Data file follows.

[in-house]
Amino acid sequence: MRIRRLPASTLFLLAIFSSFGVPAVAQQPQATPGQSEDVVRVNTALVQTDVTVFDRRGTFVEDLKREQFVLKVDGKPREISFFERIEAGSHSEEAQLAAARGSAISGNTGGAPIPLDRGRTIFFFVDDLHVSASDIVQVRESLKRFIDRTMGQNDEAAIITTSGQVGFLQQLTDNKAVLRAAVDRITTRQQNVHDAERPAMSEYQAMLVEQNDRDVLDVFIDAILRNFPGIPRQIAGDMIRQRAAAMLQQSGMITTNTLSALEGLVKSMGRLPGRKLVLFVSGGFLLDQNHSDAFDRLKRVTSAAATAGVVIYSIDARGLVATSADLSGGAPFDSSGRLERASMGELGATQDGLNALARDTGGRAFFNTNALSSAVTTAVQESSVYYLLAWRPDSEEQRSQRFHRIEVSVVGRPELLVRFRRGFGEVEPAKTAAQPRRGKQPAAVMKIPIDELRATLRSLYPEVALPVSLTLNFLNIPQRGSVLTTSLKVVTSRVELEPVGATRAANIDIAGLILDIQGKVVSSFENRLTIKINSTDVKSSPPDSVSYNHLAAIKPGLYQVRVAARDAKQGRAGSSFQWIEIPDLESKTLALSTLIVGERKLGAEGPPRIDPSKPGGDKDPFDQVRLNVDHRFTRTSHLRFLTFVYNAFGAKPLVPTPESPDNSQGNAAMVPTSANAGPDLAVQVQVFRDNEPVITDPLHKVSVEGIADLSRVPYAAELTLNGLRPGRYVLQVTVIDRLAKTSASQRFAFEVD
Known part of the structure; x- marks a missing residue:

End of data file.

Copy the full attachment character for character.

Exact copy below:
[in-house]
Amino acid sequence: MRIRRLPASTLFLLAIFSSFGVPAVAQQPQATPGQSEDVVRVNTALVQTDVTVFDRRGTFVEDLKREQFVLKVDGKPREISFFERIEAGSHSEEAQLAAARGSAISGNTGGAPIPLDRGRTIFFFVDDLHVSASDIVQVRESLKRFIDRTMGQNDEAAIITTSGQVGFLQQLTDNKAVLRAAVDRITTRQQNVHDAERPAMSEYQAMLVEQNDRDVLDVFIDAILRNFPGIPRQIAGDMIRQRAAAMLQQSGMITTNTLSALEGLVKSMGRLPGRKLVLFVSGGFLLDQNHSDAFDRLKRVTSAAATAGVVIYSIDARGLVATSADLSGGAPFDSSGRLERASMGELGATQDGLNALARDTGGRAFFNTNALSSAVTTAVQESSVYYLLAWRPDSEEQRSQRFHRIEVSVVGRPELLVRFRRGFGEVEPAKTAAQPRRGKQPAAVMKIPIDELRATLRSLYPEVALPVSLTLNFLNIPQRGSVLTTSLKVVTSRVELEPVGATRAANIDIAGLILDIQGKVVSSFENRLTIKINSTDVKSSPPDSVSYNHLAAIKPGLYQVRVAARDAKQGRAGSSFQWIEIPDLESKTLALSTLIVGERKLGAEGPPRIDPSKPGGDKDPFDQVRLNVDHRFTRTSHLRFLTFVYNAFGAKPLVPTPESPDNSQGNAAMVPTSANAGPDLAVQVQVFRDNEPVITDPLHKVSVEGIADLSRVPYAAELTLNGLRPGRYVLQVTVIDRLAKTSASQRFAFEVD
Known part of the structure; x- marks a missing residue: